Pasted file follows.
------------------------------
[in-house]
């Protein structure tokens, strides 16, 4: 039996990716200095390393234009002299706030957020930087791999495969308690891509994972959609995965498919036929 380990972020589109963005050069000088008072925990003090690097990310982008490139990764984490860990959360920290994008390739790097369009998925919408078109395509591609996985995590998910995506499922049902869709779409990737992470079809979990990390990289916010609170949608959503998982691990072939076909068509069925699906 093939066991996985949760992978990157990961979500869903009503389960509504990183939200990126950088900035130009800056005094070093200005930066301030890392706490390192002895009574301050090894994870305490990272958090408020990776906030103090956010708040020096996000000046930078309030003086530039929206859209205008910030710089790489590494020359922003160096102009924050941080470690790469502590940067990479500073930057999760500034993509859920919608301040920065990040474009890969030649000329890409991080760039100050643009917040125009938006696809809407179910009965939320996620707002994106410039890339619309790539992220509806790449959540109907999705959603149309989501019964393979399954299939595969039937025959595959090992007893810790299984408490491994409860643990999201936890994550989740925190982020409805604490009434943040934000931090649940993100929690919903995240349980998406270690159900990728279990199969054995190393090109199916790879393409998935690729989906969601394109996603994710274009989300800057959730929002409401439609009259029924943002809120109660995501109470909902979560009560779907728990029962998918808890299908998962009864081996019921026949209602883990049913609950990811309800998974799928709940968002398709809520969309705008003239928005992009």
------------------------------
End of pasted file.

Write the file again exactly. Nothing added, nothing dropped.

[in-house]
């Protein structure tokens, strides 16, 4: 039996990716200095390393234009002299706030957020930087791999495969308690891509994972959609995965498919036929 380990972020589109963005050069000088008072925990003090690097990310982008490139990764984490860990959360920290994008390739790097369009998925919408078109395509591609996985995590998910995506499922049902869709779409990737992470079809979990990390990289916010609170949608959503998982691990072939076909068509069925699906 093939066991996985949760992978990157990961979500869903009503389960509504990183939200990126950088900035130009800056005094070093200005930066301030890392706490390192002895009574301050090894994870305490990272958090408020990776906030103090956010708040020096996000000046930078309030003086530039929206859209205008910030710089790489590494020359922003160096102009924050941080470690790469502590940067990479500073930057999760500034993509859920919608301040920065990040474009890969030649000329890409991080760039100050643009917040125009938006696809809407179910009965939320996620707002994106410039890339619309790539992220509806790449959540109907999705959603149309989501019964393979399954299939595969039937025959595959090992007893810790299984408490491994409860643990999201936890994550989740925190982020409805604490009434943040934000931090649940993100929690919903995240349980998406270690159900990728279990199969054995190393090109199916790879393409998935690729989906969601394109996603994710274009989300800057959730929002409401439609009259029924943002809120109660995501109470909902979560009560779907728990029962998918808890299908998962009864081996019921026949209602883990049913609950990811309800998974799928709940968002398709809520969309705008003239928005992009």